The world was struck by turmoil as the COVID-19 virus surged to the surface. Affecting the lives of many. In a matter of days, the process of daily living got a new meaning. The new lifestyle of living consisted of wearing masks, self-quarantining for fourteen days, and socially distancing six feet apart. From the perspective of a college student, life was flipped upside down. Classes were moved online, and students were asked to not be on campuses across the country for months on end. Collegiate student-athletes had it much rougher. Due to the global pandemic multiple sport seasons were cancelled and any hope of post-season championship play was gone. Due to the circumstances of COVID-19, the mental health of collegiate-student athletes has been impacted. The research design was a mix of quantitative and qualitative data collected through a survey. The data from the study focused on pre-COVID-19 (fall of 2019) and during COVID-19 (fall of 2020) which can be documented as in-season and out-of-season for student-athletes. The study examined and identified if there are correlations between stress levels, GPA, credit load, and emotional state through the lens of anxiety and depression throughout the pandemic. As the COVID-19 pandemic had continued spreading mayhem, the student-athlete’s grades were stable compared with fall semester of 2019. Student-athletes did experience higher levels of anxiety during the Pandemic, but they did not experience more significant levels of depression. GPAs went down slightly, but not significantly. Students who preferred online learning experienced lower levels of stress in comparison to peers who preferred traditional face to face courses.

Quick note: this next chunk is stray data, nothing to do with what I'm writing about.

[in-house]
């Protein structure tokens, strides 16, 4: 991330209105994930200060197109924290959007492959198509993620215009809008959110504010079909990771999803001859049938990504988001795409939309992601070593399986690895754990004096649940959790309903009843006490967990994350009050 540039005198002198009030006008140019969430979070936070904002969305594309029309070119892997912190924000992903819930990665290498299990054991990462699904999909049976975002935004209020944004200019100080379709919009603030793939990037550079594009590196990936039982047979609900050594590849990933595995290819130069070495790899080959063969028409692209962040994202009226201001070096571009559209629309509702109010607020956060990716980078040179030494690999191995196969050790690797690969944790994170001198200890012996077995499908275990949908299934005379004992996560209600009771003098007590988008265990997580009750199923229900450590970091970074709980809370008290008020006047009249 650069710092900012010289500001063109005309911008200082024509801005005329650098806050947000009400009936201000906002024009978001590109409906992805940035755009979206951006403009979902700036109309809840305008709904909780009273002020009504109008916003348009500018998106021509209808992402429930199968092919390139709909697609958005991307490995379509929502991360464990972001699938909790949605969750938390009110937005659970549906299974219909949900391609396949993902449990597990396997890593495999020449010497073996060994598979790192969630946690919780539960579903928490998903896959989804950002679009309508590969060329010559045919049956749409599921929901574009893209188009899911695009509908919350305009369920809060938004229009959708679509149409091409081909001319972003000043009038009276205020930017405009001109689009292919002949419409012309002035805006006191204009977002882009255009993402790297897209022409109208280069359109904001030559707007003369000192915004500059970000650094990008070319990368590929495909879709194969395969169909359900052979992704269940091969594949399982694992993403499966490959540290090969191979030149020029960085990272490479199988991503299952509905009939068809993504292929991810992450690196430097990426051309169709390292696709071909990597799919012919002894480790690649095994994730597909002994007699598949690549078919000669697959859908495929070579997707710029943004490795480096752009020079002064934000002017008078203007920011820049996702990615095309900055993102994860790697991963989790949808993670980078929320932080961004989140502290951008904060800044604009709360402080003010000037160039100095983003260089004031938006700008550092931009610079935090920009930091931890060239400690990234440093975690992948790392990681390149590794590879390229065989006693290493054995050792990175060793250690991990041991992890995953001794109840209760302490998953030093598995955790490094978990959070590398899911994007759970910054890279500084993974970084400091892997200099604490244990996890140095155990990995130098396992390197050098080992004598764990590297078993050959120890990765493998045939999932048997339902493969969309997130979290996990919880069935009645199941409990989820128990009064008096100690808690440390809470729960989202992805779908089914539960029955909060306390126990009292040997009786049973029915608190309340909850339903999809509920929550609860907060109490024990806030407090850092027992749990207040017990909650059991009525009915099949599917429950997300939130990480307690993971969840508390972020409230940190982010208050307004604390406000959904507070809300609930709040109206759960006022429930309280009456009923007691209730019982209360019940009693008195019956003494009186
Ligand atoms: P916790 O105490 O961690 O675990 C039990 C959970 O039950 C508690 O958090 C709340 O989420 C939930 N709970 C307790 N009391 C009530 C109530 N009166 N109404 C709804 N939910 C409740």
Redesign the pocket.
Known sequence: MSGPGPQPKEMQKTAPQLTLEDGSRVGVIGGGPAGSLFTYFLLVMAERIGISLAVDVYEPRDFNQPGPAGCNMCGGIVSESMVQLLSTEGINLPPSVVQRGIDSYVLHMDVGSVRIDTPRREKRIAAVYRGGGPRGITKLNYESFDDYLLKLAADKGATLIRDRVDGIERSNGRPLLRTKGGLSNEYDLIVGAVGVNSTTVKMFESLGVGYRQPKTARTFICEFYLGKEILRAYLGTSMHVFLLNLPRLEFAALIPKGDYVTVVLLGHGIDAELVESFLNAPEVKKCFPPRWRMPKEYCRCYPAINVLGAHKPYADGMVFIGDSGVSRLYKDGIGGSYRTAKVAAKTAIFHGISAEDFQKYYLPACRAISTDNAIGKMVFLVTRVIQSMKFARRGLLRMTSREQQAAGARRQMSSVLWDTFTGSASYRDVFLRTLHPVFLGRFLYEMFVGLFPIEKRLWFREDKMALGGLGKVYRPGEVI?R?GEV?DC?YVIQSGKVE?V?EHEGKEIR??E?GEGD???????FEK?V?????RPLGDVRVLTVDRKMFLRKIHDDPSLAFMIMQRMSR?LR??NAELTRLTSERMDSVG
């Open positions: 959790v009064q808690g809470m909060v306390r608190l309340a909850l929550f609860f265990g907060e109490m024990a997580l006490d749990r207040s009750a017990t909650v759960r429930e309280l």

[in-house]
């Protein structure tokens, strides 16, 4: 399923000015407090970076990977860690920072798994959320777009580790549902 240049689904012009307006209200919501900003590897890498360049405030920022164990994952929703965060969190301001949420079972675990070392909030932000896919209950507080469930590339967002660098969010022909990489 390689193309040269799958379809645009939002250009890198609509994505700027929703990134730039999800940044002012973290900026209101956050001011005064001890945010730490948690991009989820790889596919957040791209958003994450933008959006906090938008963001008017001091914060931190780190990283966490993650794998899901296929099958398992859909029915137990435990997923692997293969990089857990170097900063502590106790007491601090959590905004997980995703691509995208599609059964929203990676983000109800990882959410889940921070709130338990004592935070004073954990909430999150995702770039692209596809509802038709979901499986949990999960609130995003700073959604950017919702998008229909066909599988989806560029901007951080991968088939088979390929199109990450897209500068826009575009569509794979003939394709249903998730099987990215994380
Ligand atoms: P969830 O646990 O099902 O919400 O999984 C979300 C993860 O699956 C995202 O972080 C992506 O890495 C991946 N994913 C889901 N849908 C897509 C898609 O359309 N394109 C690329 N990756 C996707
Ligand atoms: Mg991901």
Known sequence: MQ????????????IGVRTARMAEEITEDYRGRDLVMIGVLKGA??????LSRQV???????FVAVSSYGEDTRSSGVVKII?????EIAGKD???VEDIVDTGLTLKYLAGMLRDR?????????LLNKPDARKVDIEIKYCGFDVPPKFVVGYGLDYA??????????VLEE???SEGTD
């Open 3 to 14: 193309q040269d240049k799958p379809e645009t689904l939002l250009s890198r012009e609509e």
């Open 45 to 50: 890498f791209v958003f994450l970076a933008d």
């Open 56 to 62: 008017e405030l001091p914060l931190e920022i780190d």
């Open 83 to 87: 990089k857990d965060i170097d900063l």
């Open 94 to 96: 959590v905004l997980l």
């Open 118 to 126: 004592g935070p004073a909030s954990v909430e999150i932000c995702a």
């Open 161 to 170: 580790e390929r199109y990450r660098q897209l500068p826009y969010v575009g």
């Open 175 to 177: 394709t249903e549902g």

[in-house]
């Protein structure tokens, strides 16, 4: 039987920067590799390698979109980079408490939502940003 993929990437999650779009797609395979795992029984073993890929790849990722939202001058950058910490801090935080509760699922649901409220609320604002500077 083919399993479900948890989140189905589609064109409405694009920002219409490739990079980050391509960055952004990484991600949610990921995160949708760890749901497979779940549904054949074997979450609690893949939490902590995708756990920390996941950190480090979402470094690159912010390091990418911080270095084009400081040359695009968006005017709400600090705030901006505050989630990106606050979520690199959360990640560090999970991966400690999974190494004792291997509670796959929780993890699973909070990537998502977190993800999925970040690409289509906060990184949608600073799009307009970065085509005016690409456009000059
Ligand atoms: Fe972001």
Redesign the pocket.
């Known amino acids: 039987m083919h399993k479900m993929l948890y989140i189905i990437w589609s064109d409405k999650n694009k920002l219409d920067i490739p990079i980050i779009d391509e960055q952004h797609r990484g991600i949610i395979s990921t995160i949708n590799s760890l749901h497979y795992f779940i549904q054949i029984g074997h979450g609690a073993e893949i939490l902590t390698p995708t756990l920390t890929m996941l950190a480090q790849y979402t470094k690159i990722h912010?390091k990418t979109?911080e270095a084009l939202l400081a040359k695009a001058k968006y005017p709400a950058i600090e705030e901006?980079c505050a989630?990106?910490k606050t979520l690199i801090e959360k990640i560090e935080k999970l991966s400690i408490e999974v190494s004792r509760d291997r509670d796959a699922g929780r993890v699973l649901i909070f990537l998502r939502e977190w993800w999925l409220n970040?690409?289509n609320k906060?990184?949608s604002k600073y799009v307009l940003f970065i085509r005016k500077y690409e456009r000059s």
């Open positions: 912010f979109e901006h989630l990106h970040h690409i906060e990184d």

Balliu, Jacob and Baule, Steven M.
"COVID-19’s Influence on Mental Health Among Collegiate Student-Athletes,"
Essays in Education: Vol. 28:
1, Article 3.
Available at: https://openriver.winona.edu/eie/vol28/iss1/3